Sharp Ends Rothdas book review RSS
3.0 Stars

A series of short stories that are set in Abercombie's universe and fill in the back story to his main characters or add a bit of detail and color to some of his tangential characters. I've always had trouble enjoying Abercombie, but I haven't been exactly sure why. It *seems* like I should enjoy his writing, but something has always been a bit off. After reading and thinking about these stories I believe the problem is that his characters are always so unhappy with their world. Generally speaking, people come to a an equilibrium with their circumstances (or flame out horribly). E.g. living in medieval times was in many ways worse than our present day circumstances, but I don't think that they were generally more unhappy than we are. Like us they would have good days and bad days, victories and defeats, and their happiness would fluctuate around a rough human or cultural average.

In Abercombie's world, everyone is just unhappy. The mercenaries are unhappy, the thieves are unhappy, the farmers are unhappy, the barbarians are unhappy. And I don't think it is justified! Like, if you've spent the majority of your life camping out and hiking through mud and wilderness, I don't think those things would (generally) make you upset. But his characters always are, as if they were modern day coddled Americans forced to do those things. And I think that this continual and unjustified level of complaining is one of the reasons I don't really connect with his stories.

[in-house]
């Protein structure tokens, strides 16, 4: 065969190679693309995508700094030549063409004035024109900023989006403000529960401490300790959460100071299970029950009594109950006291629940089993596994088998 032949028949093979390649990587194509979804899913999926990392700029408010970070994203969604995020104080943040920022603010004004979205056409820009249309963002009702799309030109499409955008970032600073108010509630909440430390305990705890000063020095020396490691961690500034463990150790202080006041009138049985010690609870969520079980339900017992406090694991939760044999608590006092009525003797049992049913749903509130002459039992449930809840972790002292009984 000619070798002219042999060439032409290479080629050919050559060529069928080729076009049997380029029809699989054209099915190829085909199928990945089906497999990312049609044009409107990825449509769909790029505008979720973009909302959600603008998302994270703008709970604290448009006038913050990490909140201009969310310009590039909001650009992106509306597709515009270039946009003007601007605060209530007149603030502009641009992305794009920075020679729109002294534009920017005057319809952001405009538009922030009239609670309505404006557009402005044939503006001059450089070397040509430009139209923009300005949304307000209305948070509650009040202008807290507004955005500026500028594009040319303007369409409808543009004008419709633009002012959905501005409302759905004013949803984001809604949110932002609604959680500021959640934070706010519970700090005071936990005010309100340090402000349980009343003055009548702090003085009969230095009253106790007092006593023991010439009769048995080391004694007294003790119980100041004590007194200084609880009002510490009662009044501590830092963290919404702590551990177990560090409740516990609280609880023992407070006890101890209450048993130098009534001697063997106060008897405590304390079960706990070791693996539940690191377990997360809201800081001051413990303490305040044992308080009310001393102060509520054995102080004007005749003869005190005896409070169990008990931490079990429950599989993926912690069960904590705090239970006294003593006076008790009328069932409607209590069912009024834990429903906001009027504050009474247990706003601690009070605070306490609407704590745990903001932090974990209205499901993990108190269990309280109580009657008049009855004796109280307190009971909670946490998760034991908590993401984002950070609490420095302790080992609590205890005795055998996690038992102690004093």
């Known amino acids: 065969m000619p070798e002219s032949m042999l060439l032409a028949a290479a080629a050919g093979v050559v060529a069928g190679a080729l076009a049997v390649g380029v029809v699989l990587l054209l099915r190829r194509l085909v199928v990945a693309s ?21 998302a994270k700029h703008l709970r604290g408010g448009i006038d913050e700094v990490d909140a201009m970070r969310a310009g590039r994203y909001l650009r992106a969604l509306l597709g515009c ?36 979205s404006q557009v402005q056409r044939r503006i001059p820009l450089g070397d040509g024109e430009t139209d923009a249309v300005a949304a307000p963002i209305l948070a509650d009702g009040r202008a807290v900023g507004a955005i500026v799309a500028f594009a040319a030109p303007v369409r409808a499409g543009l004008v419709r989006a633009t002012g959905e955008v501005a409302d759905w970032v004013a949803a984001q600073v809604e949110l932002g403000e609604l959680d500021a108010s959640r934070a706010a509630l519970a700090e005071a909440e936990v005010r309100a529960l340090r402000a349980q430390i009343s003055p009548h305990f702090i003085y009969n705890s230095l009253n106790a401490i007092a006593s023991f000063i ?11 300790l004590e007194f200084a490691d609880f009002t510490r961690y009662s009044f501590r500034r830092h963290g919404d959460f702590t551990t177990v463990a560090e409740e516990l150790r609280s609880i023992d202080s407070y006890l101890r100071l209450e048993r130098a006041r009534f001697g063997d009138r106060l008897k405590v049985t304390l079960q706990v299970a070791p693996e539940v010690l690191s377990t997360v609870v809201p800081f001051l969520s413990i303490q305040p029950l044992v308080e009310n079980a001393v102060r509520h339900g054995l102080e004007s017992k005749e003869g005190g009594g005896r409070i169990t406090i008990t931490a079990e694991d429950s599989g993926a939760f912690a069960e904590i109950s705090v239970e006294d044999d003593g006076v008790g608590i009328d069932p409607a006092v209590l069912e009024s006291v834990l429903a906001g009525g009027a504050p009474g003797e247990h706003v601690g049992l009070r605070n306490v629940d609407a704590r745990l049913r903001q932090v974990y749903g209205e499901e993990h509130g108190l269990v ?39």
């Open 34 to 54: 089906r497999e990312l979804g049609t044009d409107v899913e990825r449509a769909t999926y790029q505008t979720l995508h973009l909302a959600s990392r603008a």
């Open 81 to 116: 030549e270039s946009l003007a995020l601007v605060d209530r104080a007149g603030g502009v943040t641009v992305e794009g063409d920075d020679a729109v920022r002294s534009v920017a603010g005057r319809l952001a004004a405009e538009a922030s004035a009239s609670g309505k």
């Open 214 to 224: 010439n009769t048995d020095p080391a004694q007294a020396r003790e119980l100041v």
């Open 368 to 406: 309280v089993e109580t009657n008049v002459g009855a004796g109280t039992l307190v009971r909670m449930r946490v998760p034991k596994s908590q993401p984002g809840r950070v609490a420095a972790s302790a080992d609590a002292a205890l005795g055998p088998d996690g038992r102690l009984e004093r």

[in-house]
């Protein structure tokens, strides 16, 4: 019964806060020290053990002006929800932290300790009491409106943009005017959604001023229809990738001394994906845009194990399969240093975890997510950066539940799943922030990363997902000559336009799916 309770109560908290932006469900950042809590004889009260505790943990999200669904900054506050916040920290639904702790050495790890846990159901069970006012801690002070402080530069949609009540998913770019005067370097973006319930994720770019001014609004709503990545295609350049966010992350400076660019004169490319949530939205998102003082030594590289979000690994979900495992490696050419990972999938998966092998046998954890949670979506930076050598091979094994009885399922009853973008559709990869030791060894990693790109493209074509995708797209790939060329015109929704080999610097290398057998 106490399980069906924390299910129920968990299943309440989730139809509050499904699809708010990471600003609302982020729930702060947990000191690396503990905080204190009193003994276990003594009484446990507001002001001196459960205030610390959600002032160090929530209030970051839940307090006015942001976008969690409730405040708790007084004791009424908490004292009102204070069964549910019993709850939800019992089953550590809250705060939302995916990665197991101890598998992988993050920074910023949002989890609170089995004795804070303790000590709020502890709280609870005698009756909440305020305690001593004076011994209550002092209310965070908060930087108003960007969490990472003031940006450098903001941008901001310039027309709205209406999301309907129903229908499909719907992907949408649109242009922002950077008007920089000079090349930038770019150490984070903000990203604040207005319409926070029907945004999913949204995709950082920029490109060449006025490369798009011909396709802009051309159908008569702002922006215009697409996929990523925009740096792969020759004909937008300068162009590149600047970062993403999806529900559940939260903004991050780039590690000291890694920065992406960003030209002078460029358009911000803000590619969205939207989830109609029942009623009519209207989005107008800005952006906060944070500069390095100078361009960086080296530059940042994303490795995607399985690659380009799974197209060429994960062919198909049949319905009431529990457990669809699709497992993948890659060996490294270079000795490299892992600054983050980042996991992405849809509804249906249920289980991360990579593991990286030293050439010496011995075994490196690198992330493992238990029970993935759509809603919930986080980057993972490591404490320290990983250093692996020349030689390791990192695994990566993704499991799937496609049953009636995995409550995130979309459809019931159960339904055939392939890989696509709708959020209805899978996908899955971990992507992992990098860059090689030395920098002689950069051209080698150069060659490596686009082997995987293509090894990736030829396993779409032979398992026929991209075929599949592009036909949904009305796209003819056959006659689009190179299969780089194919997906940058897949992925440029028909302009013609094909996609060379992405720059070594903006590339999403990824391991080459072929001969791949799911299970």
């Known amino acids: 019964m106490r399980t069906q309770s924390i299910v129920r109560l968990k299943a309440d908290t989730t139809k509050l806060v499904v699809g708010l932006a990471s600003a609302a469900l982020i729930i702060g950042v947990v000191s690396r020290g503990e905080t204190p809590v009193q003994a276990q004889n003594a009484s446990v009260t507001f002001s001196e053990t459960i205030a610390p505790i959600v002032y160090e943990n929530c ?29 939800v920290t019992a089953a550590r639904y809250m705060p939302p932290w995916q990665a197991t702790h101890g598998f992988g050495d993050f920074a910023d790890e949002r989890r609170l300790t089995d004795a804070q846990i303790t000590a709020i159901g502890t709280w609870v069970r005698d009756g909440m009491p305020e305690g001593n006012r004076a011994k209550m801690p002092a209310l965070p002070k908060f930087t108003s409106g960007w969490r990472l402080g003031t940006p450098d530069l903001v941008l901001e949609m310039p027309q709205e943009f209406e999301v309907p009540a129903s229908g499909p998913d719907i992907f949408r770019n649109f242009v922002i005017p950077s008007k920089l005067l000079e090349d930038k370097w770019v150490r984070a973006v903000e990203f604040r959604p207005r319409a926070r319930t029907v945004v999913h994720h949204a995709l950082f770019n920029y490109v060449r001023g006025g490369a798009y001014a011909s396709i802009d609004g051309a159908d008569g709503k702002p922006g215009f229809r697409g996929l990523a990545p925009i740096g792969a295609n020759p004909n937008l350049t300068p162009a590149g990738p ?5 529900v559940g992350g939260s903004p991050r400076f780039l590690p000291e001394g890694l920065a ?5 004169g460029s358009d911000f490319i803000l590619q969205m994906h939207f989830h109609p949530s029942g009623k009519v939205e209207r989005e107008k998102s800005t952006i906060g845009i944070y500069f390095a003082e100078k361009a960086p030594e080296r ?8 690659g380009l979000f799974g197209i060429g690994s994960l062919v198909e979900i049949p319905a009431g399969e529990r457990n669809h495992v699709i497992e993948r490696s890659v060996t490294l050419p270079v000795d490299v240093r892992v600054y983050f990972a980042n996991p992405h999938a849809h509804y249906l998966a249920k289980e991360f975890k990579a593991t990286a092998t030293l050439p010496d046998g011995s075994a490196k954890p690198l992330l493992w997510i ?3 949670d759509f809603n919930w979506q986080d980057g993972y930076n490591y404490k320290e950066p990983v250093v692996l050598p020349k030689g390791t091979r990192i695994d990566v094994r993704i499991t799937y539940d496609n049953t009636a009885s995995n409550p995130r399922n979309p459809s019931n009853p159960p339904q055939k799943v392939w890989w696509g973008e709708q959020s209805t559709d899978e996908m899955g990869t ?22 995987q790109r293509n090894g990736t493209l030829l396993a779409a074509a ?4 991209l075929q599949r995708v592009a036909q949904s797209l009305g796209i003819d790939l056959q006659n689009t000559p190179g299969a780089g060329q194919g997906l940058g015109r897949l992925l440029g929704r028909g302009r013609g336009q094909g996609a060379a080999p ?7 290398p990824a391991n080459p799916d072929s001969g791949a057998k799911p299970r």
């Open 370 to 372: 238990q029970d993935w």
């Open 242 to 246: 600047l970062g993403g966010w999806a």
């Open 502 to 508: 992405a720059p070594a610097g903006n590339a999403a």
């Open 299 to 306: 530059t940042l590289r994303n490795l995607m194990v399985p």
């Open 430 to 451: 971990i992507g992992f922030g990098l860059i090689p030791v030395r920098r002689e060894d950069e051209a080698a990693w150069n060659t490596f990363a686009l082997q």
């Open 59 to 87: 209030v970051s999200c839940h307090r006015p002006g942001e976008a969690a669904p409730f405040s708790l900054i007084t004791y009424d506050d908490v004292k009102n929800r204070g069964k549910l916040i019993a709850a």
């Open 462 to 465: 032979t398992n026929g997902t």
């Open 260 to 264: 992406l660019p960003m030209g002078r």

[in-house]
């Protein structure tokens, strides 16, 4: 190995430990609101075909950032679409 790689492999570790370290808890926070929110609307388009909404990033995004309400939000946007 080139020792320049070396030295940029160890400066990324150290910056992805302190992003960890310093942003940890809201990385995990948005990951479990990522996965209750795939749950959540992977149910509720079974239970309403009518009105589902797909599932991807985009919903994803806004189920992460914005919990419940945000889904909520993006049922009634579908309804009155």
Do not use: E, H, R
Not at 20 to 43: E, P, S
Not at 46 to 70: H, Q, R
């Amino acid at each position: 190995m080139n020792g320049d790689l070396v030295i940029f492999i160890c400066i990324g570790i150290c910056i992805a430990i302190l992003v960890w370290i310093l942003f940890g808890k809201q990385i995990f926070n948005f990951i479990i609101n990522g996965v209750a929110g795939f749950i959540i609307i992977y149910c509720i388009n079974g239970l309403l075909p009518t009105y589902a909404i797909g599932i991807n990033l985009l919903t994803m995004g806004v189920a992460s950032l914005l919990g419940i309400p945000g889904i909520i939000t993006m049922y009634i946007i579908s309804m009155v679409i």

These stories are some of his better ones though, and they have sort of an action-movie/Tarantino vibe to them. These aren't trying to be "real" or organic; they all have a slickness or artistry to them. Some of the better ones are a knock-down drag out fight in an abandoned old west town, the earlier Shev/Javre stories about a slight thief and a Zarya like bruiser, the hagiography/propaganda written about a mercenary commander by his aide-de-camp, and the story of rescuing an artifact from a barbarian tribe. I think all of these would have been better if I had read their parent stories more recently, but even as stand-alones they were acceptable-to-fine. Anyway, Abercombie, would it kill you to smile occasionally?